The FerroPower technology offers a competitive solution for harnessing electricity from the waste heat generated by the large data centers, server farms and supercomputers. These facilities require a huge amount of electric power to be running continuously, while over 90% of their input power is returned as waste heat. FerroPower plans to commercialize a heat engine that uses ferrofluid and porous material in an innovative architecture for increasing the power density by an order of magnitude, as well as improving the heat-to-electricity conversion by 10%. The large power density of this engine enables economical energy harvesting from low temperature heat sources, which is not achievable by the state-of-the-art technologies. The world’s projected data production in 2020 is expected to reach 44 trillion gigabytes, ten times larger than the data produced in 2013. This steep growth demands new data centers and server farms, which are now consuming about 3 percent of the global electric power. The power consumed by data centers is doubling every four years, with expected global electricity consumption of 1000 terawatt hours in 2020.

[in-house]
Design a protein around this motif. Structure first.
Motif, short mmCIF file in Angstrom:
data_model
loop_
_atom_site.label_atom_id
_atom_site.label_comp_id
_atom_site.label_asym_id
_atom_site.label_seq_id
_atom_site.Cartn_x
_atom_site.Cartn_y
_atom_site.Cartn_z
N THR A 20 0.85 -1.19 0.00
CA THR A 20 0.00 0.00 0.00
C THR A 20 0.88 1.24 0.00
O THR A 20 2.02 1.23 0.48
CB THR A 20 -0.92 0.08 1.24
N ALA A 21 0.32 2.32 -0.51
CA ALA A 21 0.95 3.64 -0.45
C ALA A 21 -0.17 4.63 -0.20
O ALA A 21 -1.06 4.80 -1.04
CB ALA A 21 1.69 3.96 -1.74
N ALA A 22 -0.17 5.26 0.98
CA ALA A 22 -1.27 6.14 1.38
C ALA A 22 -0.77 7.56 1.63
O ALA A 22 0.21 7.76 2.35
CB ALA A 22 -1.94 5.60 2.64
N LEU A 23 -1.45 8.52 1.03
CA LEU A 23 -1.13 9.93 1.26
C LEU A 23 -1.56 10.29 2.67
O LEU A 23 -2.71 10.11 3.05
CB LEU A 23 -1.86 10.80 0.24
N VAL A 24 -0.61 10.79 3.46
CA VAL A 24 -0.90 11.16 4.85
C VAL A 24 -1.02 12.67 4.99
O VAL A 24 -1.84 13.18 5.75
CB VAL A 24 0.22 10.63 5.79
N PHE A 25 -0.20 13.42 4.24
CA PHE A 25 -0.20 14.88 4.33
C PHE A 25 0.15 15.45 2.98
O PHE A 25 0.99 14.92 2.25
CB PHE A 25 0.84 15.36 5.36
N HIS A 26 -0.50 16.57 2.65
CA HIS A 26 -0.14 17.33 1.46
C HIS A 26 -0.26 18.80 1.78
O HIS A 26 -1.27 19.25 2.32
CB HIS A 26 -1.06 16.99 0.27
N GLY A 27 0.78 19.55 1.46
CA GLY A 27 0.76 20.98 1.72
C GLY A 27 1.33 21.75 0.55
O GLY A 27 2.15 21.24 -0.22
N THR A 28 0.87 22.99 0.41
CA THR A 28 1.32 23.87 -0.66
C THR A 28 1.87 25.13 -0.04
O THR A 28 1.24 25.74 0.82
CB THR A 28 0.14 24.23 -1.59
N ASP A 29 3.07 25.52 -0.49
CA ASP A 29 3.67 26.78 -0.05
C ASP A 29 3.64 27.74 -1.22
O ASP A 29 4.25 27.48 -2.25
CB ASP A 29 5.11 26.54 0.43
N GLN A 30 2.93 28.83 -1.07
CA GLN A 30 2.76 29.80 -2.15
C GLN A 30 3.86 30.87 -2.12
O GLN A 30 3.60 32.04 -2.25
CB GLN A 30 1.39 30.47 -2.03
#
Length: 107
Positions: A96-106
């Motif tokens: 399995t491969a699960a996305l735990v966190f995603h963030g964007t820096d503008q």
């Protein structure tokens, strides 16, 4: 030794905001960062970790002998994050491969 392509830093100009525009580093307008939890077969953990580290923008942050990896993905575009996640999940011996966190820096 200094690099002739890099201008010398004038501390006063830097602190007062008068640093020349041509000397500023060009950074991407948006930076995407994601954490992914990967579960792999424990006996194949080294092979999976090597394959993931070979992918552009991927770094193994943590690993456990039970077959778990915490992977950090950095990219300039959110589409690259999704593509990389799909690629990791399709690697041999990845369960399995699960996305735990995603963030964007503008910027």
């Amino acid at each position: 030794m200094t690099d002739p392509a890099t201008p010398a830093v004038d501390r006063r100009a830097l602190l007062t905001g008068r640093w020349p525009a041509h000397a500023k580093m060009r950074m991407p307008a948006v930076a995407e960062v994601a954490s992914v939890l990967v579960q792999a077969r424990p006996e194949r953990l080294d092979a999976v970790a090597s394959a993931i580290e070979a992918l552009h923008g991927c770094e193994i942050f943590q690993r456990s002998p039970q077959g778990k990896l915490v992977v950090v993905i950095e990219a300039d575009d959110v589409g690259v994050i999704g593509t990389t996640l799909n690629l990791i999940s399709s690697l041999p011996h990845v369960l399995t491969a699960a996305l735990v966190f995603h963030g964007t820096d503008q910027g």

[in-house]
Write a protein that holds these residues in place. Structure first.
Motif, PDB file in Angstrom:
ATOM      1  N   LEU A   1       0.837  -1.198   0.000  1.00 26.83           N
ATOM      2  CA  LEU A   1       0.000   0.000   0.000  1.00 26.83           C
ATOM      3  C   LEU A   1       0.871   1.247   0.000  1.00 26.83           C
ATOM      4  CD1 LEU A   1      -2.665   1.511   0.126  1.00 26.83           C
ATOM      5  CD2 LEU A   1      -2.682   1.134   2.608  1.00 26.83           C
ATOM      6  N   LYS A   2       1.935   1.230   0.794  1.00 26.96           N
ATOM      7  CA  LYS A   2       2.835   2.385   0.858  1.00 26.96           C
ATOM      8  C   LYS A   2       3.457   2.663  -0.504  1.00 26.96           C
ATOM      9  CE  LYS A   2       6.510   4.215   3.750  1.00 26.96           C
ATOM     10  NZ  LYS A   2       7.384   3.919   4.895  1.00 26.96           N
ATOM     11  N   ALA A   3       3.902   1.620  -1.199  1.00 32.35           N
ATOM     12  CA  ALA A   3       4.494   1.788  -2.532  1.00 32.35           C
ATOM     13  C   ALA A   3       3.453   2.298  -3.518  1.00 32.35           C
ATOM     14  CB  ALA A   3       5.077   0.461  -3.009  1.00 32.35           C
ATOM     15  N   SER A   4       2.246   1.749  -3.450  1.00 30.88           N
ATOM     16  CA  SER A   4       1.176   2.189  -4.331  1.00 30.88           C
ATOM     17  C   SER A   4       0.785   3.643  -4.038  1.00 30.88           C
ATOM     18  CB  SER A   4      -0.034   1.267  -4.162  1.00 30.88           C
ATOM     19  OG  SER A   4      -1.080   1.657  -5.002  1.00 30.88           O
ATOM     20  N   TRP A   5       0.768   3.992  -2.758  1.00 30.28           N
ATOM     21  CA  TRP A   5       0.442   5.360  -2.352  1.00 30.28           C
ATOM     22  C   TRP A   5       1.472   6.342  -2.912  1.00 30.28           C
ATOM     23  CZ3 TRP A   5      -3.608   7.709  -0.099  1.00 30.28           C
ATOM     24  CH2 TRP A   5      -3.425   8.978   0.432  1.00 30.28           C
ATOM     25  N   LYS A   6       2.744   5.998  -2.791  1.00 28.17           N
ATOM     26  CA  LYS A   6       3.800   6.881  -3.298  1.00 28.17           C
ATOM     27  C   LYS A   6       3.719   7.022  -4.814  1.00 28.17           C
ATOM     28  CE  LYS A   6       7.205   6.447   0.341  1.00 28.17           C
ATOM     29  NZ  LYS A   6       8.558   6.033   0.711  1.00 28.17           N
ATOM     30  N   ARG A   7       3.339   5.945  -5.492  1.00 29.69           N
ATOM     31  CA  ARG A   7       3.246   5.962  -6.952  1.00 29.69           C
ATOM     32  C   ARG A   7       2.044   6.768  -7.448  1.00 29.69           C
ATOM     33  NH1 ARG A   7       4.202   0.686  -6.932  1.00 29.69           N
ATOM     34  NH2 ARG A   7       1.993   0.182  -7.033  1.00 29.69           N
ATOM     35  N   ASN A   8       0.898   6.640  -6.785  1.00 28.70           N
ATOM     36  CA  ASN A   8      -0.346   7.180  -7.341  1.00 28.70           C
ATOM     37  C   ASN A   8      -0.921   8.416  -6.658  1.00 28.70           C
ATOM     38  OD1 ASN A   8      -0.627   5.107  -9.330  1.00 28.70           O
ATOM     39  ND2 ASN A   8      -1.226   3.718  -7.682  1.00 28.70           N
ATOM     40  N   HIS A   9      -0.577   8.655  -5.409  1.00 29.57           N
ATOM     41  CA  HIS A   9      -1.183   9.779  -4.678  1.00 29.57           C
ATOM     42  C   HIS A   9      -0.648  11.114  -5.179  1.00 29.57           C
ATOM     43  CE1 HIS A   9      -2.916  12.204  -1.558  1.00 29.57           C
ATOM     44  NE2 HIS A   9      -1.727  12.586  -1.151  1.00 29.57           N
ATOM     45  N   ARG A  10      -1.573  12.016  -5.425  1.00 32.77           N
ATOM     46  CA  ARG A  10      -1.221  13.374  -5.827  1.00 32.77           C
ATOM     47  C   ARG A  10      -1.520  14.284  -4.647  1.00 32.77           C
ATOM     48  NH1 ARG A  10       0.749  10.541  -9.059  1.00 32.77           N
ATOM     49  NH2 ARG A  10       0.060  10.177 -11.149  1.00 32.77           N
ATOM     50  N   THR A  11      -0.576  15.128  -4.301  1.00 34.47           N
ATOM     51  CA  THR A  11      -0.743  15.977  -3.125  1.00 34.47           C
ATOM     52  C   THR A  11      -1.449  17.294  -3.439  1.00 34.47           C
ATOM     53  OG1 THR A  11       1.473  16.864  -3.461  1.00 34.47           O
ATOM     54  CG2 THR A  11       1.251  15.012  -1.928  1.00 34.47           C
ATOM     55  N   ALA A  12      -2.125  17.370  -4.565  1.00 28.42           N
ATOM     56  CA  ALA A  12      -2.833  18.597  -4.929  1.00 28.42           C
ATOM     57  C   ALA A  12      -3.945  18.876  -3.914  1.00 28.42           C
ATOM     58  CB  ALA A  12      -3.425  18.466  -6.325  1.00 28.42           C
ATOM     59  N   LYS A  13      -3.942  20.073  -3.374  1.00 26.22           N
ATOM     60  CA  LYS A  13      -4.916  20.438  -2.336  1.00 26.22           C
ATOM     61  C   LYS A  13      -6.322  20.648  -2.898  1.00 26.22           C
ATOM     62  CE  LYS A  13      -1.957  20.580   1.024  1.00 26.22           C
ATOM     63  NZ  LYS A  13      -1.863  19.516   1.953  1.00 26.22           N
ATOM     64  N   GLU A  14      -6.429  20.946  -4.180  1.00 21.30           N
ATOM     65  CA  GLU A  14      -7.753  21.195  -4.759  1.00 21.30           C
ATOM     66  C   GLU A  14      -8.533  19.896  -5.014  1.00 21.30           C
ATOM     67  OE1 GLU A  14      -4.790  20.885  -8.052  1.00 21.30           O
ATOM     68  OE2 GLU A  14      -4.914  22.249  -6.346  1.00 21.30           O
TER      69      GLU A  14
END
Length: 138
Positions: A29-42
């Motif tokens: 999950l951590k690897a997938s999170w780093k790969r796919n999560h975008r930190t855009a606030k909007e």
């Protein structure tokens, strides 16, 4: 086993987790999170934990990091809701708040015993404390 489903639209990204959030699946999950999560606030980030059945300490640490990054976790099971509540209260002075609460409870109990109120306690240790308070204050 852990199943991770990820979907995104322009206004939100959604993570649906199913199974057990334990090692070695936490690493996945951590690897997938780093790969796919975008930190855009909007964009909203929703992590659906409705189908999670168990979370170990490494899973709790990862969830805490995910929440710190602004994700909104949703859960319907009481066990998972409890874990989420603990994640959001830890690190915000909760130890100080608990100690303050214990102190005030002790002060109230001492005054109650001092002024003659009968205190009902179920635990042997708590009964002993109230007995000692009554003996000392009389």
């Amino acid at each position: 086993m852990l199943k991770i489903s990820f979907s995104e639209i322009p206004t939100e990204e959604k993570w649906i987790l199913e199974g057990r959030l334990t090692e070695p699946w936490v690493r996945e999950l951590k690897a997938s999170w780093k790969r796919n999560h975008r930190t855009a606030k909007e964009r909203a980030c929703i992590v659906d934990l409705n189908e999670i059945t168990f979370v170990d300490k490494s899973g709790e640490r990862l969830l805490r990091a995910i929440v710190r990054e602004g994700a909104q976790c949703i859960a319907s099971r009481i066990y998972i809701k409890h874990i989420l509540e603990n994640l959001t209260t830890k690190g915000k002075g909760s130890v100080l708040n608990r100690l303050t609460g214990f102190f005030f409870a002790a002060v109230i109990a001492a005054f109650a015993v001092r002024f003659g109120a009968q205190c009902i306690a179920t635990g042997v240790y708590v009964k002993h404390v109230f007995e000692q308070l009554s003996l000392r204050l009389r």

The core innovation of our technology is the placement of a dense heat exchanging metamaterial within the working chambers of a heat engine, and the use of a Ferrofluid (liquid) packet to manipulate the flow of working gas through the metamaterial. The metamaterial would increase the surface area that the working gas is exposed to by two orders of magnitude, drastically increasing the useful heat transfer rate between the reservoirs and the working gas. The Ferrofluid displacer is stabilized by applying an appropriately oriented magnetic field. This stabilizing force allows the machine to be operated at frequencies an order of magnitude faster than the operation with a non-magnetic fluid. Due to the hermetically sealed design the engine will not suffer any losses due to shaft seals, which are a significant source of losses in state-of-the-art heat generators. This means that the operating pressure of the engine can be increased, which further enhance the power density beyond commercial units.